Marketplace: Nelson Mandela's legacy is economic, too
South Africa's first black president and anti-apartheid leader, Nelson Mandela, died Thursday at the age of 95.
Mandela was released from a South African prison in 1990 after 27 years of harsh internment. Four years later, he was elected president of South Africa in that country's first free, non-racial, democratic elections.
For decades after South Africa's declaration of Grand Apartheid in 1948, Mandela and his African National Congress (ANC) galvanized a massive international solidarity effort to pursue divestment and economic sanctions. At the movement's peak in the late 1980s, hundreds of universities, governments and pension funds in the U.S. had pulled billions of dollars out of South Africa, helping to undermine the apartheid regime.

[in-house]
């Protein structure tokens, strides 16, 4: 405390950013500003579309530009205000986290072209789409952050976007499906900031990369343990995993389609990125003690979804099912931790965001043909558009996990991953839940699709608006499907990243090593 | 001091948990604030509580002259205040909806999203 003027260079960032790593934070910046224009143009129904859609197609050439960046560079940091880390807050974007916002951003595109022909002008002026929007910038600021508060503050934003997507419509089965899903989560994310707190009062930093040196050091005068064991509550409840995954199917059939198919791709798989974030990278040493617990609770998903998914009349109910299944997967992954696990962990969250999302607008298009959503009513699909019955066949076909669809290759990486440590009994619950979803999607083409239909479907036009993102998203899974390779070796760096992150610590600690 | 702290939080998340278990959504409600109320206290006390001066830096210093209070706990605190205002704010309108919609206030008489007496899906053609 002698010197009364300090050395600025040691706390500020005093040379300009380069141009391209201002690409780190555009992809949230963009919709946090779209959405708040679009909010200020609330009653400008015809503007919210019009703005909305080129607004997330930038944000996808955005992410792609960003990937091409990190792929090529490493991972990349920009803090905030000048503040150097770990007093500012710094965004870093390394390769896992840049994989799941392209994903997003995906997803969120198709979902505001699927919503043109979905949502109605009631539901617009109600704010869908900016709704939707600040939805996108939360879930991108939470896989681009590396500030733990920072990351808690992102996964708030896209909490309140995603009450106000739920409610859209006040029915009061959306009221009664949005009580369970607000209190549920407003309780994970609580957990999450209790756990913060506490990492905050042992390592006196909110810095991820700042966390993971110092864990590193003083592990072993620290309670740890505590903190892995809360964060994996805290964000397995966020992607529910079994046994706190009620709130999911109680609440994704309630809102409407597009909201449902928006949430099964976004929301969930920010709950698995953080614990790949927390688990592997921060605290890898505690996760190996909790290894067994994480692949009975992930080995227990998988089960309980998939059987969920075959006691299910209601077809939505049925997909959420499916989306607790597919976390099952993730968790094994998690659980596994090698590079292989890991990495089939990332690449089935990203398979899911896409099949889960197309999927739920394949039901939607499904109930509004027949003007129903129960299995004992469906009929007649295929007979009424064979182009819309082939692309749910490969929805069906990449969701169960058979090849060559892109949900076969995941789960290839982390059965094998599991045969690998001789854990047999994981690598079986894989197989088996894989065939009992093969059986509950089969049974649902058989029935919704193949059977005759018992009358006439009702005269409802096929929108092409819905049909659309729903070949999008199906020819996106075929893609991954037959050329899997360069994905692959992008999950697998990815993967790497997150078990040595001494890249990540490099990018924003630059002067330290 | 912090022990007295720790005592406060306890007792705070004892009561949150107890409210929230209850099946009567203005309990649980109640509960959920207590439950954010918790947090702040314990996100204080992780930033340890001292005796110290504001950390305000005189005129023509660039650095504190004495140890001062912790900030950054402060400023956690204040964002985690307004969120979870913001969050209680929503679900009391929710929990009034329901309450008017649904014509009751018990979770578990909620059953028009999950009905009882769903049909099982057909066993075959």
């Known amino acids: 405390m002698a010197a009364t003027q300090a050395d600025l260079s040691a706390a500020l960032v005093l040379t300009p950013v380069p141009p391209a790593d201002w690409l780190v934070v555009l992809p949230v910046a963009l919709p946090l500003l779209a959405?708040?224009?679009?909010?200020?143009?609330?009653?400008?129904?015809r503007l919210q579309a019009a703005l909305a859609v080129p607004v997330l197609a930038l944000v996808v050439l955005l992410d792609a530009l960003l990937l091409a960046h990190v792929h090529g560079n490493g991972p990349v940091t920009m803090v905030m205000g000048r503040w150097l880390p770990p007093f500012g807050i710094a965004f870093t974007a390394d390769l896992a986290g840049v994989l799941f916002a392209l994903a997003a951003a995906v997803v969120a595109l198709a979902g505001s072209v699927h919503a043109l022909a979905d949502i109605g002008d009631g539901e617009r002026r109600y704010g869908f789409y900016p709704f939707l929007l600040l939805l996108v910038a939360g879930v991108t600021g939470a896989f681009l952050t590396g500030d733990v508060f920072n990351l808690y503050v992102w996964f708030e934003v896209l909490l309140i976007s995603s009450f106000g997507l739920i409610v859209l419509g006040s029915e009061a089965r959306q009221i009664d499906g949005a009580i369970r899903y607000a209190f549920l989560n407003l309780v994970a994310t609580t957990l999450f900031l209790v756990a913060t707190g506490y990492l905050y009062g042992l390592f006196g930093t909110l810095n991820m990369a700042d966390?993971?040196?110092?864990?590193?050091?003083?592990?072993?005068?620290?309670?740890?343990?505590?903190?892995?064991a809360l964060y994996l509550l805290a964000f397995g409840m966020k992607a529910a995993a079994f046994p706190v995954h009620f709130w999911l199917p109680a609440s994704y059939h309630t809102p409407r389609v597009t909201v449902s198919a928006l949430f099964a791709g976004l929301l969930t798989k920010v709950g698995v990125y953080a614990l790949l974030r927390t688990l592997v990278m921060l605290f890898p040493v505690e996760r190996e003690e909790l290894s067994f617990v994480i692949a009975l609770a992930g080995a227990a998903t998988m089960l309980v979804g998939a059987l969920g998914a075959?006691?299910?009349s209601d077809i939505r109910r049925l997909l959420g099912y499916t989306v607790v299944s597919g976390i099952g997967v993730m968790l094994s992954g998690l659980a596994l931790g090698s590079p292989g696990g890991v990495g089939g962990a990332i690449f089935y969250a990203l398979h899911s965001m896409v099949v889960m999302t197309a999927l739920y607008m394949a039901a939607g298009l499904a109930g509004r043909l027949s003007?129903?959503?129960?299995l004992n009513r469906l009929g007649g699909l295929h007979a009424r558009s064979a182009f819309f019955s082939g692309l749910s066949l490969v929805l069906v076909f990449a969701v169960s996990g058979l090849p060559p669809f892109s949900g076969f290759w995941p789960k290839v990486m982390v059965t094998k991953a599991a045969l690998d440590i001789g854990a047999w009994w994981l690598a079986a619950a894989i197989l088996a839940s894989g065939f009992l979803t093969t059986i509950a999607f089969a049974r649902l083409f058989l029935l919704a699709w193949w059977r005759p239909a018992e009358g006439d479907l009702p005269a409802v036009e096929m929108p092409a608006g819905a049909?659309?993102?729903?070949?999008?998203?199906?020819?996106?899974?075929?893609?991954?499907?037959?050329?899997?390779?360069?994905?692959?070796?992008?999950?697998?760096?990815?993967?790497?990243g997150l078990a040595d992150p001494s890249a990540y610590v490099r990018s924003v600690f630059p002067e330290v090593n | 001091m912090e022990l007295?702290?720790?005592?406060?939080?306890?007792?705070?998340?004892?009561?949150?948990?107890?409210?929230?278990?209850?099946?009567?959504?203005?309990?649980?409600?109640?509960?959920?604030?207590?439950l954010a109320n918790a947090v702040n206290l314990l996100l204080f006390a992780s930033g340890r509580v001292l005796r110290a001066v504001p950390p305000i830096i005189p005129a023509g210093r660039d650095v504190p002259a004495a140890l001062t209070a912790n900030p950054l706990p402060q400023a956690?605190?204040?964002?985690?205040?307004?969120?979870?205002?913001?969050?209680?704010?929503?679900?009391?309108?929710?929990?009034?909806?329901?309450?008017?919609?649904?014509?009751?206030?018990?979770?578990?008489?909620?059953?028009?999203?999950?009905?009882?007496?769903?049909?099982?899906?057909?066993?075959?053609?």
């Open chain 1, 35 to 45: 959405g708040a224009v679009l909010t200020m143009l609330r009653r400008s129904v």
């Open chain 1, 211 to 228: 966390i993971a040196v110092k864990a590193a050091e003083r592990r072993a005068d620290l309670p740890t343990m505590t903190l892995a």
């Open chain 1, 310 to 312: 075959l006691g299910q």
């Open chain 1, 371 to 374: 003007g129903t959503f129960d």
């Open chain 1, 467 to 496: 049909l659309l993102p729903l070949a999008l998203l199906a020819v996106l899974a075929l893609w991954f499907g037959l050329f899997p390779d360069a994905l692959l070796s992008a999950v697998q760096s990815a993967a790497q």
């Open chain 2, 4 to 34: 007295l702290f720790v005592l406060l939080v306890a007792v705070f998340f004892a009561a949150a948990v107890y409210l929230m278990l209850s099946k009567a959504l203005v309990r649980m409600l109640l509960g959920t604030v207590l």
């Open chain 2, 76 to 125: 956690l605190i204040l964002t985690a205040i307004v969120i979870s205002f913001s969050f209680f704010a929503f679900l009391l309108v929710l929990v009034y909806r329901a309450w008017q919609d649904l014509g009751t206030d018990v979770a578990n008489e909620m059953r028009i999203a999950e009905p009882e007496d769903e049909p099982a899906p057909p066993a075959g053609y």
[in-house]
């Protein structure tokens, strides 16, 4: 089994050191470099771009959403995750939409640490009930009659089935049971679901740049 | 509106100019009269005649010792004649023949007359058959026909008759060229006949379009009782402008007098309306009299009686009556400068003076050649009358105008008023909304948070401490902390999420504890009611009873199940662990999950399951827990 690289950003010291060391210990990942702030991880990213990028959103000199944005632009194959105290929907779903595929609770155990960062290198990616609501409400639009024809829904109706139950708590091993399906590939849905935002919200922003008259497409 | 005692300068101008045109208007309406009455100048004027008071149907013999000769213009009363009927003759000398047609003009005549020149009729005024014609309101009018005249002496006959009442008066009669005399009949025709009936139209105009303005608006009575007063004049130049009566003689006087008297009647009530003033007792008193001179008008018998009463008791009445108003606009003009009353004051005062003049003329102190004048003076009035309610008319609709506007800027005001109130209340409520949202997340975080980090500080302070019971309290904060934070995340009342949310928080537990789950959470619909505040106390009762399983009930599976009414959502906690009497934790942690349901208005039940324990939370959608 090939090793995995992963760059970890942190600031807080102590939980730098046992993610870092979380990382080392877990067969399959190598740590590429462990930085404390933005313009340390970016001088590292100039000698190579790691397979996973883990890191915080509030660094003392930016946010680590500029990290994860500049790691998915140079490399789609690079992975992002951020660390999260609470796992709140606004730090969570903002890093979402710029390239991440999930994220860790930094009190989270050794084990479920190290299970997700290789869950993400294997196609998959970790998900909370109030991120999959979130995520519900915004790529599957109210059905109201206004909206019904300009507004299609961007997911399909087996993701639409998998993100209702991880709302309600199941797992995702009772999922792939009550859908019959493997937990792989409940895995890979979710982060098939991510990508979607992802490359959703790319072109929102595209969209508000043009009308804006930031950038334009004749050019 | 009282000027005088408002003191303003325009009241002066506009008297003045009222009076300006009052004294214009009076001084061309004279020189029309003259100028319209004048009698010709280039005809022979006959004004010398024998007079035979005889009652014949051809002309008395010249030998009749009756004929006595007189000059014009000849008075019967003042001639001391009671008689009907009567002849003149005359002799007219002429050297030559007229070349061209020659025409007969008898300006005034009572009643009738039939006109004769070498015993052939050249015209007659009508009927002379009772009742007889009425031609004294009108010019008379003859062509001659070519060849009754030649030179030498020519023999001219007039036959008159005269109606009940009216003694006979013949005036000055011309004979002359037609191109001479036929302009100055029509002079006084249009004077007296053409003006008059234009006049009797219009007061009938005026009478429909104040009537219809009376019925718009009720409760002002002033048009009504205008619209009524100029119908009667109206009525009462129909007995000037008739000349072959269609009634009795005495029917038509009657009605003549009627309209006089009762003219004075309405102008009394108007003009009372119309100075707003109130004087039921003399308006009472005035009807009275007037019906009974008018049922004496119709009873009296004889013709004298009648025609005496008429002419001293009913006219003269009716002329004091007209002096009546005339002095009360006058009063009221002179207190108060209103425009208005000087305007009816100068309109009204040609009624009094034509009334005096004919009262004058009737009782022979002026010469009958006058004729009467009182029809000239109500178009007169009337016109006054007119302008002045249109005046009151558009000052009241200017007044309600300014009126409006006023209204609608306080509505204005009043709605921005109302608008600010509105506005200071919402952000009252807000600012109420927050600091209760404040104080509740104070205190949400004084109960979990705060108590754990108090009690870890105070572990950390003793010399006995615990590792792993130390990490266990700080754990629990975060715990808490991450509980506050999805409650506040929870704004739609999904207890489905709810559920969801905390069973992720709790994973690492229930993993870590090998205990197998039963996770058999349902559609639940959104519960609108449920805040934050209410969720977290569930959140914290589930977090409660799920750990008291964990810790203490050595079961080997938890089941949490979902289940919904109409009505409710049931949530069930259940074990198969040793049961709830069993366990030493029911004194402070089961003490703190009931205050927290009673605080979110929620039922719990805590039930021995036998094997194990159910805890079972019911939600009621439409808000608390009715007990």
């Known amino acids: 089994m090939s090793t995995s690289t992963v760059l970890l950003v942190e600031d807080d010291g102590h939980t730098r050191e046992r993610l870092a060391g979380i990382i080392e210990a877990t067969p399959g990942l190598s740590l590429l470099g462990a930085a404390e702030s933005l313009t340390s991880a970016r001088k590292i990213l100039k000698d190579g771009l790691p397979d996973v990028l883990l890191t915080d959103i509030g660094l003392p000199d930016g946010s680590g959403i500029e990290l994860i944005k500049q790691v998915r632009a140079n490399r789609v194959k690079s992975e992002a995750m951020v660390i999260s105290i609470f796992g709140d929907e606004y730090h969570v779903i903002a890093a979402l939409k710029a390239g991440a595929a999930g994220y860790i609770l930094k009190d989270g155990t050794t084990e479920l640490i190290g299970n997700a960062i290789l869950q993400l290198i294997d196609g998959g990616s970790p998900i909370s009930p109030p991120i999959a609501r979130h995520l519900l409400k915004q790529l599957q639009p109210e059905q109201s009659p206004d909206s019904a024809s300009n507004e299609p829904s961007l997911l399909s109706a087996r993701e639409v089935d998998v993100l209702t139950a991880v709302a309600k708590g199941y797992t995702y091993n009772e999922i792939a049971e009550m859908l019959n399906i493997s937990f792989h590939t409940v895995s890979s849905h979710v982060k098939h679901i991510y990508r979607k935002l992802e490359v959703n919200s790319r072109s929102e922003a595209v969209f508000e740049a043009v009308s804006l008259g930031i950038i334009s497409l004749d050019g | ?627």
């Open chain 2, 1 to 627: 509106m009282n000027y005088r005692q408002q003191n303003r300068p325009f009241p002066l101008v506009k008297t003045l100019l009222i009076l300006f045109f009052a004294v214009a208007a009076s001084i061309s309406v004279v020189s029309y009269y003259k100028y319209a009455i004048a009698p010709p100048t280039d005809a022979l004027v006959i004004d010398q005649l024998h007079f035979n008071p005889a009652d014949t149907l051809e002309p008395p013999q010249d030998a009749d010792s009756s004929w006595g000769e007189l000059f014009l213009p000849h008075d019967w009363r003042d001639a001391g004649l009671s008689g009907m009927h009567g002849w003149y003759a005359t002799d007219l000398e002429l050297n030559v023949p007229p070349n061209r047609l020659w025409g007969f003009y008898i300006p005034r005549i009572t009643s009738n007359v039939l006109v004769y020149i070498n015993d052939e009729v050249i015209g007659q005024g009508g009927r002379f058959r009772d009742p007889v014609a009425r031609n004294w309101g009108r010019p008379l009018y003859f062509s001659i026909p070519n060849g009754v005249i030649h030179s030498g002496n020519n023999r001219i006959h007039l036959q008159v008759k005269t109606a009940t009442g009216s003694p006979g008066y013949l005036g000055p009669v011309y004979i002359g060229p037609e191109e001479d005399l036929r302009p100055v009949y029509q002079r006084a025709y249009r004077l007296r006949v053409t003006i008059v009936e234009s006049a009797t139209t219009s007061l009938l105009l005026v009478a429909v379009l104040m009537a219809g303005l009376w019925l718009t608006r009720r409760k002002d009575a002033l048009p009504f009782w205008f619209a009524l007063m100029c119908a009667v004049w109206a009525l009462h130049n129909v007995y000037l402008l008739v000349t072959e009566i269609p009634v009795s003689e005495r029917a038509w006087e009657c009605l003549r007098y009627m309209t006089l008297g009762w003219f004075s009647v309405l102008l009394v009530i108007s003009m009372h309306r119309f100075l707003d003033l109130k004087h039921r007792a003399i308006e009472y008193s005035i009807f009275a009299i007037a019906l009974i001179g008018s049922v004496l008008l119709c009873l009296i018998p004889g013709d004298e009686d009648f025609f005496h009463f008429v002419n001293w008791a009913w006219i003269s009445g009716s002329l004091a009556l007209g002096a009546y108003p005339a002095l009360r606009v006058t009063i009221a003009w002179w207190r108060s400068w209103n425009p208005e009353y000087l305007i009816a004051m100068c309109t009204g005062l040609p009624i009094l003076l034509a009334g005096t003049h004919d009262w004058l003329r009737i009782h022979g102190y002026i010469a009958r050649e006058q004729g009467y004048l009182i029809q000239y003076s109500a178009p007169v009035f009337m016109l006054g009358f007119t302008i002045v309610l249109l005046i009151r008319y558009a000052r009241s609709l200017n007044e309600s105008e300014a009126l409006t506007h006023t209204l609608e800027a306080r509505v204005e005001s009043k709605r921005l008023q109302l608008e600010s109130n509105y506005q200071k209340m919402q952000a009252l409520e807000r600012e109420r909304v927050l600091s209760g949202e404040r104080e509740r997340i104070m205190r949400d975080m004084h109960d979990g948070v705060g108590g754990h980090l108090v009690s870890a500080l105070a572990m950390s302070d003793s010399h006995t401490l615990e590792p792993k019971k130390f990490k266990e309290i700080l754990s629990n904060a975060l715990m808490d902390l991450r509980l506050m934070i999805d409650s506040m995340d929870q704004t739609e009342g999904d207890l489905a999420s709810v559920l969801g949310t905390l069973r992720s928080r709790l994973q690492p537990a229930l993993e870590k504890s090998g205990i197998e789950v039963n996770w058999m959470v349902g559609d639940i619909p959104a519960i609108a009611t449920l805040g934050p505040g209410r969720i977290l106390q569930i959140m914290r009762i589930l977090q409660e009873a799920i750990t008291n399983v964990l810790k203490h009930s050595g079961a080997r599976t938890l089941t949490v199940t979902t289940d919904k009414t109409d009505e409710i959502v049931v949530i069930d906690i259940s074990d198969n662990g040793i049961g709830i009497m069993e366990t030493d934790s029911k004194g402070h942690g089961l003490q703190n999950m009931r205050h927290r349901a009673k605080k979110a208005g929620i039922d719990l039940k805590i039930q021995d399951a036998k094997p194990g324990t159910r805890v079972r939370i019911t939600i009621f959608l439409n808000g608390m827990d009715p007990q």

The cultural and political impacts of divestment were also profound in the United States, especially for African-Americans and other young activists who had grown up after the civil rights movement. Sarah Willie-LeBreton teaches Black Studies and sociology at Swarthmore College. She was a student at Spelman and Haverford colleges in the 1980s.
"My role was not the same as Nelson Mandela's role, or Stephen Biko's role, or the millions of people in South Africa," said Willie-LeBreton. "But my role was part of being second-wave, a student of color on a predominantly white campus, in an over-developed nation, that could say, 'what is our complicity in this?'" ...